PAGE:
- He also said that offseason nasal surgery has really helped his breathing. He said he didn't think his breathing was a big deal until now.
The hope is that Williams will be able to become quicker off the dribble and improve defensively so he will be able to attack and defend at the three—a position that poses a difficult matchup every night in the NBA.
Williams said he and Rick Adelman had mutual feelings about what needed to happen heading into his second year.
“We wanted for me to be more consistent,” Williams said. “I really felt like I had to be more consistent as well, to make shots when I’m open, get to the basket. Just a little bit of everything. Staying ready, I think that’s a big part of it—especially when I was out for periods of time.”
Porter said Williams will get a good chunk of time at small forward in Vegas but will also see some time at power forward, where he played the majority of his minutes a year ago.
The difficulty in returning to the four now is the fact that he’s lost weight.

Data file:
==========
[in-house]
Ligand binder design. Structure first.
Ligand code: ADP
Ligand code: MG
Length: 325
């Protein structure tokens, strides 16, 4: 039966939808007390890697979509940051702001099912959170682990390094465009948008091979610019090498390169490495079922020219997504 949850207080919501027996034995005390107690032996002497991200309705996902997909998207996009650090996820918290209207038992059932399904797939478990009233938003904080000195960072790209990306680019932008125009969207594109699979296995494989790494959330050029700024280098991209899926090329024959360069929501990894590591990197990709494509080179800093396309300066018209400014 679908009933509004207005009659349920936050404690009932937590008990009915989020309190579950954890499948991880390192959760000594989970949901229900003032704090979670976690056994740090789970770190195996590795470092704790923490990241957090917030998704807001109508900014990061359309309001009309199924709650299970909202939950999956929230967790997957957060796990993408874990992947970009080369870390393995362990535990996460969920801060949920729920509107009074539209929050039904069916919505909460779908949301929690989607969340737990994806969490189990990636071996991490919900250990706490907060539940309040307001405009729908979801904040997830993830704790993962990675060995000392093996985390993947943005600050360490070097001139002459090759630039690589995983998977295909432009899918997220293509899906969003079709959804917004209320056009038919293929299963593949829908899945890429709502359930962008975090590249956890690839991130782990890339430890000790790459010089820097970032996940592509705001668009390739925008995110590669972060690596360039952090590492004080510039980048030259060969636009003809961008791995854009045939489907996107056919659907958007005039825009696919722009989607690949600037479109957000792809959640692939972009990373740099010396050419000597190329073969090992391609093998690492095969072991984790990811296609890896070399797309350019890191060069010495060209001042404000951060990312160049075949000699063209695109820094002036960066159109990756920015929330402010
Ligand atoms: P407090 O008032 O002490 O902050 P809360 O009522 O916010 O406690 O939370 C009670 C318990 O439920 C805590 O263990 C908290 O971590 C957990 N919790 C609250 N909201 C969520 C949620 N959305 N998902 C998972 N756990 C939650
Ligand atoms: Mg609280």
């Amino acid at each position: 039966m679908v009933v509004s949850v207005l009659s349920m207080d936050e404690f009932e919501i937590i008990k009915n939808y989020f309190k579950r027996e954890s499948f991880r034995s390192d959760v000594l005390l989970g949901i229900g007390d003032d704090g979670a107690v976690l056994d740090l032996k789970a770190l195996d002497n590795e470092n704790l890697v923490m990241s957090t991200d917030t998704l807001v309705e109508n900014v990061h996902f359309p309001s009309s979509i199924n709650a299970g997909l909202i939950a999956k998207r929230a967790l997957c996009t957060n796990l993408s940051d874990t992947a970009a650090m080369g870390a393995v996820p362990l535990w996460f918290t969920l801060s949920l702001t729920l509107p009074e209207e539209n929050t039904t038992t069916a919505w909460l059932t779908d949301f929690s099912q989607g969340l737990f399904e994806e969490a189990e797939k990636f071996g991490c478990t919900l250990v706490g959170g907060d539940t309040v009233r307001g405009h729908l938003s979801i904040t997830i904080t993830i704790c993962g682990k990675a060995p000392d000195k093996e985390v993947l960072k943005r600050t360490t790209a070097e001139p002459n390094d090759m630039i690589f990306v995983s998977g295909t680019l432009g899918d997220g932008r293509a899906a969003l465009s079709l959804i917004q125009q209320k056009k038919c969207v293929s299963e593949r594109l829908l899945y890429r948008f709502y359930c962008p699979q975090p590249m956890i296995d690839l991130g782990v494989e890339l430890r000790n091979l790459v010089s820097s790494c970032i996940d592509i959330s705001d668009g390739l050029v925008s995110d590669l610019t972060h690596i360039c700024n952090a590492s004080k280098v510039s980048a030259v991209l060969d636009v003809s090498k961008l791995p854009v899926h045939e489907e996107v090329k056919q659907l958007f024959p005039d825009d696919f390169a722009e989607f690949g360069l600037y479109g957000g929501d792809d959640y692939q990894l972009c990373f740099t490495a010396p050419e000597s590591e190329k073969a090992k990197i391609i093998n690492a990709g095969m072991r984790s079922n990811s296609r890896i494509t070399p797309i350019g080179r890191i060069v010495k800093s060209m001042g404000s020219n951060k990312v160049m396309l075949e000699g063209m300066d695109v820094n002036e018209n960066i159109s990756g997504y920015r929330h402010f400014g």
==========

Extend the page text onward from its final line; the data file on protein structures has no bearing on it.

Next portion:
“It’s going to be a little difficult. You know, you’ve got people like Paul Millsap, you’ve got even people like Pau Gasol,” he said. “Like last season, I think it really did help me when I was a little bit bigger. But I’ve just got to use my quickness and just try to stay in front of guys.”
For Johnson, being part of Summer League is a stepping stone. He was sidelined by a hamstring injury in his first game of the 2010 Summer League and missed last year due to the lockout, so this summer provides him a chance to put in a little extra work.
He said he’s been working out in New York and has focused mostly on simply working on his overall game and playing as much as possible. Getting the chance to work with the coaching staff for the full summer is a bonus, too.
“I think this whole summer and the whole before the summer with the training camp will be good for us,” he said.
Respert said confidence is the biggest thing Johnson needs to address, and that’s something that can come with additional reps and minutes during the summer.
“Here’s an opportunity for them to get comfortable in the same schemes and the parameters that we set,” Respert said. “And be able to be aggressive and look for the shot more often.”